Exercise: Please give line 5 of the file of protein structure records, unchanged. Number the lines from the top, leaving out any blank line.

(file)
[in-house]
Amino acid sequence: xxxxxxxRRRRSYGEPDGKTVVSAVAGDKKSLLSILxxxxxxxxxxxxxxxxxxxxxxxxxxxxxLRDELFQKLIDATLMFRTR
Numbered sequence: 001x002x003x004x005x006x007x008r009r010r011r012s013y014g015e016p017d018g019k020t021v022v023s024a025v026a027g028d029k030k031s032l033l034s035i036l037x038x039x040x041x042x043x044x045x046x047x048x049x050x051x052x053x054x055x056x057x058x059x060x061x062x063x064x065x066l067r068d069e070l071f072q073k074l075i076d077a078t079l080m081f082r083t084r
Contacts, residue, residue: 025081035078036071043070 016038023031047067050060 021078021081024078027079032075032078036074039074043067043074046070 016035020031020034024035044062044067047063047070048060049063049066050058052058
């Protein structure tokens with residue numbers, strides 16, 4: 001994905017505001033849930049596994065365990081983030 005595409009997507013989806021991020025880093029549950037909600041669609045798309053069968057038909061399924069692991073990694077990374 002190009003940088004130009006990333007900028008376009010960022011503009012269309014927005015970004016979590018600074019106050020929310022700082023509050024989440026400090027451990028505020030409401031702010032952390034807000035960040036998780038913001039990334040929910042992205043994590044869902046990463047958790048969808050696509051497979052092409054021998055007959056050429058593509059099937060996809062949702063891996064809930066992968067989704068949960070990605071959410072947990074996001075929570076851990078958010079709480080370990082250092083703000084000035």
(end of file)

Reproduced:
């Protein structure tokens with residue numbers, strides 16, 4: 001994905017505001033849930049596994065365990081983030 005595409009997507013989806021991020025880093029549950037909600041669609045798309053069968057038909061399924069692991073990694077990374 002190009003940088004130009006990333007900028008376009010960022011503009012269309014927005015970004016979590018600074019106050020929310022700082023509050024989440026400090027451990028505020030409401031702010032952390034807000035960040036998780038913001039990334040929910042992205043994590044869902046990463047958790048969808050696509051497979052092409054021998055007959056050429058593509059099937060996809062949702063891996064809930066992968067989704068949960070990605071959410072947990074996001075929570076851990078958010079709480080370990082250092083703000084000035």